From the 1970s onward, Peter Usborne’s children’s factual publishing empire was the Oxford University Press for the pre-secondary set. Their colourful info-packed tomes, liberally sprinkled with friendly, big-nosed cartoon characters, were the darlings of the school library (when The Sorcerer’s Apprentice was on loan, at least). The Usborne Book of Things to do on a Rainy Day was a self-explanatory favourite. Two friendly, big-nosed cartoon clowns guided the indoor-bound reader through a plethora of homely activities: growing washing soda crystals, making paper hats, etc. The friendly, big-nosed, overcoated spies dotted throughout the Usborne Spy’s Guidebook inhabited an exciting world where unbreakable codes could be written on a belt wrapped round an old stick, and oppressive Eastern Bloc governments thwarted with the cunning deployment of lemon juice as writing medium. More heavyweight was the Usborne Book of World Geography, a comprehensive guide to the friendly, big-nosed peoples of the Earth, full of inoffensively rendered world facts. For instance, comparative gross national product was indicated by figures in national dress holding appropriately scaled money bags: while a sheikh from the United Arab Emirates rejoiced in his ten-foot sack, a peasant representing Bhutan put a bravely cheery face on his golf ball-sized pouch. Best of all, however, was 1979’s Usborne Book of The Future: A Trip in Time to the Year 2000 and Beyond: a mind boggling grab-bag of never-going-to-happen wonders like lunar Olympics, nuclear-powered artificial super-hearts, domed underwater cities, and Jupiter being taken apart and rebuilt as a big shell around the sun, for some unfathomable reason. Its timeline of inventions from 1980 to the twenty-second century has, twenty-five years in, so far proved to be something of a disappointment to the legion of thirtysomethings still awaiting that robot butler.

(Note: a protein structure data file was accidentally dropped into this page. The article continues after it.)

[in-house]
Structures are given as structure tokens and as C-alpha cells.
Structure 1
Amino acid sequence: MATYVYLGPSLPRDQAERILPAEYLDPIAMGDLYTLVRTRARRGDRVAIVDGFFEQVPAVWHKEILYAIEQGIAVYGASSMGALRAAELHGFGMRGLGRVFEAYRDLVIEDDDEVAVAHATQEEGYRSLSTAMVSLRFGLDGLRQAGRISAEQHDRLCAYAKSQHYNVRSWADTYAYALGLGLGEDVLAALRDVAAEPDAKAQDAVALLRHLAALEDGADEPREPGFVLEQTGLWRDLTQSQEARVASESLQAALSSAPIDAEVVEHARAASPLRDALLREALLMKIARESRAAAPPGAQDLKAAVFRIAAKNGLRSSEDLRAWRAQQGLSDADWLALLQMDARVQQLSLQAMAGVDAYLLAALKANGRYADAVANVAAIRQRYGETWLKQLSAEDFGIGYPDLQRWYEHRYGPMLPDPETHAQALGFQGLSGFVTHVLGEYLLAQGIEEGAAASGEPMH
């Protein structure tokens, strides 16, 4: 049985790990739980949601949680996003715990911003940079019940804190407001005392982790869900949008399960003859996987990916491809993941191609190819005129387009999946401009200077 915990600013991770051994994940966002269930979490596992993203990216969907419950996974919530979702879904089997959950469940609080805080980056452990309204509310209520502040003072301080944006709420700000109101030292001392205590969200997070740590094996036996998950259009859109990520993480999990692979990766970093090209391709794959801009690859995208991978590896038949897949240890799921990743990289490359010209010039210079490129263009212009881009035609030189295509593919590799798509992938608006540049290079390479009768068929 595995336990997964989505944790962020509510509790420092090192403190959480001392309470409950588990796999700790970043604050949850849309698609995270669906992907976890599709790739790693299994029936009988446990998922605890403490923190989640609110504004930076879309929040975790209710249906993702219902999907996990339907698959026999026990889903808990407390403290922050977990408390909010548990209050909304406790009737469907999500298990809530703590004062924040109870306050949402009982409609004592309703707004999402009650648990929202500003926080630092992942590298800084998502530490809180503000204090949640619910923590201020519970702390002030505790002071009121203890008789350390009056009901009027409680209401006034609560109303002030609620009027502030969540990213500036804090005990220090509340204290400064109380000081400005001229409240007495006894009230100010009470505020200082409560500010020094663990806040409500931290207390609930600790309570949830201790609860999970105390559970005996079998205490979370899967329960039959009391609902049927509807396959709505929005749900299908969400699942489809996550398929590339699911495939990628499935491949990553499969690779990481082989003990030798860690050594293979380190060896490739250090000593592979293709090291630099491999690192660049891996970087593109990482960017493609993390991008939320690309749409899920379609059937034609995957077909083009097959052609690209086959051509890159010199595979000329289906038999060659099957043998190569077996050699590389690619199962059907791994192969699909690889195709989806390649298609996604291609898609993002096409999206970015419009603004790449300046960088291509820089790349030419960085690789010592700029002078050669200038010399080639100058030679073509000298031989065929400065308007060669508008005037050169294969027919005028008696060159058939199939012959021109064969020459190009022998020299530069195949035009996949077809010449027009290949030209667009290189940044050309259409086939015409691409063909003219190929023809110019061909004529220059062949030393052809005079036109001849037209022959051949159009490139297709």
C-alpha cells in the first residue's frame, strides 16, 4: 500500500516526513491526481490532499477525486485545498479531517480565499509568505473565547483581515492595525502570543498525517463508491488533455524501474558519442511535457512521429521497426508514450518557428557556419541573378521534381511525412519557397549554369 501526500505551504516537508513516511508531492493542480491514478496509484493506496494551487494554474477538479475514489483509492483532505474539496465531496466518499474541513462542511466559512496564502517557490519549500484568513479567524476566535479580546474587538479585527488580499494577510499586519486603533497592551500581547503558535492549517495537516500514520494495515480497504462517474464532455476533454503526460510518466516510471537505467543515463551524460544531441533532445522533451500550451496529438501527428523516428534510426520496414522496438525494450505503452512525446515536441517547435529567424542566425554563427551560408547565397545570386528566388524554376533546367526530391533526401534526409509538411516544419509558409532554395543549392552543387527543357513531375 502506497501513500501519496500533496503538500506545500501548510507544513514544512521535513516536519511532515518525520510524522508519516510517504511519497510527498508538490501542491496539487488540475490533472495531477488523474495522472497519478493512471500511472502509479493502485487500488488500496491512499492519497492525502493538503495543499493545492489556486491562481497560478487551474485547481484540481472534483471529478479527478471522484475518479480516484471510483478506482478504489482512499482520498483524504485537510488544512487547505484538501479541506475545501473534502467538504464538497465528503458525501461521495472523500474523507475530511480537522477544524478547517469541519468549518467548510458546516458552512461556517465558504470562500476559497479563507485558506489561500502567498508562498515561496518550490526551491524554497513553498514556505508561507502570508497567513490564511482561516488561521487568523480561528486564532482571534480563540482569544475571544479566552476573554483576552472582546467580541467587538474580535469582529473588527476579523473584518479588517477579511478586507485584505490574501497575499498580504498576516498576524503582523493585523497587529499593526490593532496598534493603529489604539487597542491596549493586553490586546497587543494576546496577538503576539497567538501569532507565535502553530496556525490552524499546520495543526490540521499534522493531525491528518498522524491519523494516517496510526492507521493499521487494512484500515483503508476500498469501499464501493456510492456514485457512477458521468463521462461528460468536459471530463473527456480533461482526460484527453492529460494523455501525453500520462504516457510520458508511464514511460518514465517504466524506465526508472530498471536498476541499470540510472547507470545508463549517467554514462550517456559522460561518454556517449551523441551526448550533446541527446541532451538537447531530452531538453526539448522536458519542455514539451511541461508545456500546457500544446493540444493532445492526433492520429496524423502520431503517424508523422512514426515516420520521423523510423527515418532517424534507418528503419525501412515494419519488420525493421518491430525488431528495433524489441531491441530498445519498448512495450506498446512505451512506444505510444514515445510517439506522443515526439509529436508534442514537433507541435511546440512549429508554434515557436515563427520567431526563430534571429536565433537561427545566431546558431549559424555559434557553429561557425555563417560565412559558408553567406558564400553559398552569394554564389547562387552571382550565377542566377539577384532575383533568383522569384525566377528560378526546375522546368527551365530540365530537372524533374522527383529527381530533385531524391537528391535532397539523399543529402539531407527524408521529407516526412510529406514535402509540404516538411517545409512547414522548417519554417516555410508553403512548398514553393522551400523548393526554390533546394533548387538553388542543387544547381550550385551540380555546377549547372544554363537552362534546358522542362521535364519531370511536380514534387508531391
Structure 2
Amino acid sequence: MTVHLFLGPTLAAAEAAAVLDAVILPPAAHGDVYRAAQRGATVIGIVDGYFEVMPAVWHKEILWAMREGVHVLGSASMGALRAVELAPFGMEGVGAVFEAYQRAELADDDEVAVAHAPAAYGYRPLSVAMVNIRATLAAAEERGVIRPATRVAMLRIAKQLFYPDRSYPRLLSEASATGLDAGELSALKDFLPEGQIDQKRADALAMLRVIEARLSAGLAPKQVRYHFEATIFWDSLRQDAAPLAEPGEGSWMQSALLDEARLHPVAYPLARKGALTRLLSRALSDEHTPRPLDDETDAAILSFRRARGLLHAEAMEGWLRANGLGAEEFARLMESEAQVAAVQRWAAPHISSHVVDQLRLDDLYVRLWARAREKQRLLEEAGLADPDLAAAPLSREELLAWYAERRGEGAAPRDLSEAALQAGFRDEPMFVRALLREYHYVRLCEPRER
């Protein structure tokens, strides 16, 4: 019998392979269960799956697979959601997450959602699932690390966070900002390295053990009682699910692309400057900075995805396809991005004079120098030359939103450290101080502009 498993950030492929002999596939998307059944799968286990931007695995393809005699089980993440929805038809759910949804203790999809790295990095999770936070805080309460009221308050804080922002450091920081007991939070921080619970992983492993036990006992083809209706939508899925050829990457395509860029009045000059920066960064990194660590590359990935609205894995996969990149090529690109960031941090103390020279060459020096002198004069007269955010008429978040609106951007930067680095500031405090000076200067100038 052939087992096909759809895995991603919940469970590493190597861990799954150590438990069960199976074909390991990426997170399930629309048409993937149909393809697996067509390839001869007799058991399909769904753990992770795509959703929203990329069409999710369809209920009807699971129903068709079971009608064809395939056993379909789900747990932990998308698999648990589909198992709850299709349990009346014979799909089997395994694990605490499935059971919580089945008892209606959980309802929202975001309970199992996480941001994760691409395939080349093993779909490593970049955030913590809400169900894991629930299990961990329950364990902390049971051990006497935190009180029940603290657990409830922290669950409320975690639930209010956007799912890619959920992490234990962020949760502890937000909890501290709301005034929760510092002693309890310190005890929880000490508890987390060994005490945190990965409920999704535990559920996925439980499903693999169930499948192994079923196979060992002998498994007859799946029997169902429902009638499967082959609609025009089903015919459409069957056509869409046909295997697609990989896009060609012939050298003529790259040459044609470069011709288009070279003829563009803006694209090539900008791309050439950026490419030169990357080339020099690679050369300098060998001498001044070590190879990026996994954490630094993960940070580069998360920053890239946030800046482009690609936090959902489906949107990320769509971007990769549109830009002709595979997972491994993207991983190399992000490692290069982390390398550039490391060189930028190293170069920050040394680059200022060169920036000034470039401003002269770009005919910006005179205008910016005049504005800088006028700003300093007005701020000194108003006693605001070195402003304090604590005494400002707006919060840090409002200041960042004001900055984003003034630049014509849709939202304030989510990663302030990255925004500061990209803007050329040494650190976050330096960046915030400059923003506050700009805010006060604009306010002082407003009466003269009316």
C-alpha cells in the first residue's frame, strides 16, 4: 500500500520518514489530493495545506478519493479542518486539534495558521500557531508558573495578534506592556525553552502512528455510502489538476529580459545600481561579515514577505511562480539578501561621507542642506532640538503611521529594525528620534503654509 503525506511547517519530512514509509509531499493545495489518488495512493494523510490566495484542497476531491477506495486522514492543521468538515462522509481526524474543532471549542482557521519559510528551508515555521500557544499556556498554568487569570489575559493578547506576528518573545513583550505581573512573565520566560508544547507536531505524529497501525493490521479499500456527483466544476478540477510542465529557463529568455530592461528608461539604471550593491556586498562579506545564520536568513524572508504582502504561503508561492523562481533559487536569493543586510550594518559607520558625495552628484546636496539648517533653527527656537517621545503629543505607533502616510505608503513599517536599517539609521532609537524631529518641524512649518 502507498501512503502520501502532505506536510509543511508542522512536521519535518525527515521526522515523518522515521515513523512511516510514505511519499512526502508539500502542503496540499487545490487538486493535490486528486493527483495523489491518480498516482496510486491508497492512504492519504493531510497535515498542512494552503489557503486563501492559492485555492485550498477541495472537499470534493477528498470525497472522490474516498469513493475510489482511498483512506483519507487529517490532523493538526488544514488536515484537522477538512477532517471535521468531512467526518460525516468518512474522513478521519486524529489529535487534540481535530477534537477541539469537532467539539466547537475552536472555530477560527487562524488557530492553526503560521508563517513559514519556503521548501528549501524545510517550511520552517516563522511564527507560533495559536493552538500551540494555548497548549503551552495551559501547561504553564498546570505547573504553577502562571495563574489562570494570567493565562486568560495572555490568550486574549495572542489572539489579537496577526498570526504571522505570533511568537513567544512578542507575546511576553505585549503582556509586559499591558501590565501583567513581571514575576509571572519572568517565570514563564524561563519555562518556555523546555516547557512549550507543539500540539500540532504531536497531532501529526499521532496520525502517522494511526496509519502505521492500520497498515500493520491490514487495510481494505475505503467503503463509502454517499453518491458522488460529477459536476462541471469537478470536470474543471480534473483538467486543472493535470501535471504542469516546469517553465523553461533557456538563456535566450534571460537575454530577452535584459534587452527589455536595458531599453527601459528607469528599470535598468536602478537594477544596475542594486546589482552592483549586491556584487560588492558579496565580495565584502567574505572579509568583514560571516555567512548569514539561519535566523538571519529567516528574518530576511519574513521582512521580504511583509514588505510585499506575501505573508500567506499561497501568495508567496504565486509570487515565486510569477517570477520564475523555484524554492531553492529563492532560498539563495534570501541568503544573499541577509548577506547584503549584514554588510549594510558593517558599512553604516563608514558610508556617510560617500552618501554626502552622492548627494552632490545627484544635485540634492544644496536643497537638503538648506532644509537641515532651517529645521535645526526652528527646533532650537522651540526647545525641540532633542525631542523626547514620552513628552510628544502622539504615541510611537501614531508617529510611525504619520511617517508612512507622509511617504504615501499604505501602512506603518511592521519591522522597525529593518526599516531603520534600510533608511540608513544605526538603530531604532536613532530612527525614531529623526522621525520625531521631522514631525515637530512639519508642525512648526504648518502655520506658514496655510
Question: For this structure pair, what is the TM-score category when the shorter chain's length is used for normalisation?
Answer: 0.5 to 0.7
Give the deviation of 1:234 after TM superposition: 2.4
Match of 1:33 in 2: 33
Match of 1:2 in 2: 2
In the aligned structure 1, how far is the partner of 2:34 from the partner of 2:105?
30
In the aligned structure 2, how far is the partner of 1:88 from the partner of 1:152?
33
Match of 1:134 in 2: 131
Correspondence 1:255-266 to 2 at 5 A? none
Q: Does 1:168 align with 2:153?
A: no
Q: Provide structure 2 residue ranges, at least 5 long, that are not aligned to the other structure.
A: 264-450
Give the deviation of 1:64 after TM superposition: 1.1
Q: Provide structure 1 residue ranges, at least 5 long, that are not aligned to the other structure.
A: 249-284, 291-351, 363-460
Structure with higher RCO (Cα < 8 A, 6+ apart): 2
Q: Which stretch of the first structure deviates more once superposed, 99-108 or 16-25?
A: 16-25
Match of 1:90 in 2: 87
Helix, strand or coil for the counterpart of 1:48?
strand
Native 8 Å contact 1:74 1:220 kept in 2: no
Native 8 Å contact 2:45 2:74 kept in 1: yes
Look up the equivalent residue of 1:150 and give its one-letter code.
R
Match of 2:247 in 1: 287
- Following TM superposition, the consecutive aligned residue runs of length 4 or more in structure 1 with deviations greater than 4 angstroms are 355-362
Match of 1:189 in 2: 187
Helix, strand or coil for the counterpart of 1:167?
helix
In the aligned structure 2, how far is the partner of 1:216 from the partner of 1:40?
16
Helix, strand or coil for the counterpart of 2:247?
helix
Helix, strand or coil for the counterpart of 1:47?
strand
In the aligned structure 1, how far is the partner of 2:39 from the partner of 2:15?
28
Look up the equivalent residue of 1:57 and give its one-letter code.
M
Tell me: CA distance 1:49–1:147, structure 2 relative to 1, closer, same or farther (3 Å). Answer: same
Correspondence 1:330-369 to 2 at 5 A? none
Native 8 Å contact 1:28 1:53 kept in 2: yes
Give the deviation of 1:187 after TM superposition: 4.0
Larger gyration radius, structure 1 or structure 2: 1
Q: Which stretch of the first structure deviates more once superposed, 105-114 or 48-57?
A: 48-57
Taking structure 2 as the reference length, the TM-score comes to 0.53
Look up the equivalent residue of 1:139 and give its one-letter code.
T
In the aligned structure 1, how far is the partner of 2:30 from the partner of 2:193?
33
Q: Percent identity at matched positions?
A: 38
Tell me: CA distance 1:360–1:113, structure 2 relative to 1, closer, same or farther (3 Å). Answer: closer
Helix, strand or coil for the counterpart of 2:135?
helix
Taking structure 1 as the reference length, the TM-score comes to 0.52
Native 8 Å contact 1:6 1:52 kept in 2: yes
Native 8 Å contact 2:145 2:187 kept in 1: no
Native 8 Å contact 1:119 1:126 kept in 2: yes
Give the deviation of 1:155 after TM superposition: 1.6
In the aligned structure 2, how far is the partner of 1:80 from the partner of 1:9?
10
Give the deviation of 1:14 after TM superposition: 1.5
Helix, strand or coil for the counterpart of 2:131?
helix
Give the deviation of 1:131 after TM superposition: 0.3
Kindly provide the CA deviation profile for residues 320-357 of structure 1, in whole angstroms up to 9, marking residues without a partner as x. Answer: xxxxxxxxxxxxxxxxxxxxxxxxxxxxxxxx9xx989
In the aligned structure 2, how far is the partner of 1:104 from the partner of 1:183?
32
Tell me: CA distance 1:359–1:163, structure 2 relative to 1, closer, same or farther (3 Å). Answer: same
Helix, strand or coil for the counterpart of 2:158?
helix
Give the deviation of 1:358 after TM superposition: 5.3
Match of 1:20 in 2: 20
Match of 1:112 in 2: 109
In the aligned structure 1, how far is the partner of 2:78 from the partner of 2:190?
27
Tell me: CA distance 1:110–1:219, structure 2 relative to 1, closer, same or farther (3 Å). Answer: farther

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Creamguide's Pick of the Day
“Careful Penny, I think you might have started a little bit too high!” The repeats of post-watershed Burps have returned to this channel, as we spotted too late to warn you that the first series was being shown last week, though you can see them again this weekend. But this is the one we’re particularly interested to see again, the second series from 2003, shown in double bills every night until Thursday, and including the majestic At Home With The Pop Idol Judges. Lord alone knows what latecomers to the series will make of it, especially the one where they just got bored of it and sang Crazy In Love in its entirety, which made us cry with laughter at the time.
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Points of View
- In '29) “That’s what I did last night, anyway, here’s Hawkwind!”', Richard16378 says: "I got a lot more of the references the 2nd & 3rd times I watched it,..."
- In '29) “That’s what I did last night, anyway, here’s Hawkwind!”', Rob Free says: "I used to watch this over and over on VHS. I loved the the little cameos from..."
- In '26) “I don’t do French, I do woodwork!”', Richard16378 says: "You are spot on about Victoria Wood being ahead of her time spoofing documentaries. The washed out..."
- In '46) “Radio 1 disc jockey Mark Goodier!”', Richard16378 says: "I really liked The Day Today, most of it has stood the test of time without becoming overly dated, certainly..."
- In '29) “That’s what I did last night, anyway, here’s Hawkwind!”', Richard16378 says: "Possibly Harry Enfield’s finest 45 minutes, a laugh out loud moment..."